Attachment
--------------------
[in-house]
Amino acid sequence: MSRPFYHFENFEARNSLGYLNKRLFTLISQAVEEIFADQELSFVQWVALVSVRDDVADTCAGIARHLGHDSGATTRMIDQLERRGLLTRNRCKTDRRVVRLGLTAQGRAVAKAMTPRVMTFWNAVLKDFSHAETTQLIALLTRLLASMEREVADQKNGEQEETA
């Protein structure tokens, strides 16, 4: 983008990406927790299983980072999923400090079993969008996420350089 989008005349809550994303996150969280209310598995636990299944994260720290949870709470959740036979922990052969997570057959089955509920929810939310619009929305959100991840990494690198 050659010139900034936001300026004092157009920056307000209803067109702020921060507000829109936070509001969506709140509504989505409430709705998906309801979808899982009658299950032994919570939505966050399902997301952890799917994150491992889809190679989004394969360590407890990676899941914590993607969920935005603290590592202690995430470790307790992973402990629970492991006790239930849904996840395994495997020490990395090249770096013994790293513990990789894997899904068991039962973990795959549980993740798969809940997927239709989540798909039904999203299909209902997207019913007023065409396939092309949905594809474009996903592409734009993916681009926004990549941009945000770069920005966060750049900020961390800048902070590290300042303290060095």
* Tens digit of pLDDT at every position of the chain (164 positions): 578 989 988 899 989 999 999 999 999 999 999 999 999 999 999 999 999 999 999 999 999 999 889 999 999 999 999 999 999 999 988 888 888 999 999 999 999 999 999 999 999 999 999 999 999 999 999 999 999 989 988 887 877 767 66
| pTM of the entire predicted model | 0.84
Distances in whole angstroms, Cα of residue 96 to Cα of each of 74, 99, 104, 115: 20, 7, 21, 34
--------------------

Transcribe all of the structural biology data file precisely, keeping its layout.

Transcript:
[in-house]
Amino acid sequence: MSRPFYHFENFEARNSLGYLNKRLFTLISQAVEEIFADQELSFVQWVALVSVRDDVADTCAGIARHLGHDSGATTRMIDQLERRGLLTRNRCKTDRRVVRLGLTAQGRAVAKAMTPRVMTFWNAVLKDFSHAETTQLIALLTRLLASMEREVADQKNGEQEETA
């Protein structure tokens, strides 16, 4: 983008990406927790299983980072999923400090079993969008996420350089 989008005349809550994303996150969280209310598995636990299944994260720290949870709470959740036979922990052969997570057959089955509920929810939310619009929305959100991840990494690198 050659010139900034936001300026004092157009920056307000209803067109702020921060507000829109936070509001969506709140509504989505409430709705998906309801979808899982009658299950032994919570939505966050399902997301952890799917994150491992889809190679989004394969360590407890990676899941914590993607969920935005603290590592202690995430470790307790992973402990629970492991006790239930849904996840395994495997020490990395090249770096013994790293513990990789894997899904068991039962973990795959549980993740798969809940997927239709989540798909039904999203299909209902997207019913007023065409396939092309949905594809474009996903592409734009993916681009926004990549941009945000770069920005966060750049900020961390800048902070590290300042303290060095």
* Tens digit of pLDDT at every position of the chain (164 positions): 578 989 988 899 989 999 999 999 999 999 999 999 999 999 999 999 999 999 999 999 999 999 889 999 999 999 999 999 999 999 988 888 888 999 999 999 999 999 999 999 999 999 999 999 999 999 999 999 999 989 988 887 877 767 66
| pTM of the entire predicted model | 0.84
Distances in whole angstroms, Cα of residue 96 to Cα of each of 74, 99, 104, 115: 20, 7, 21, 34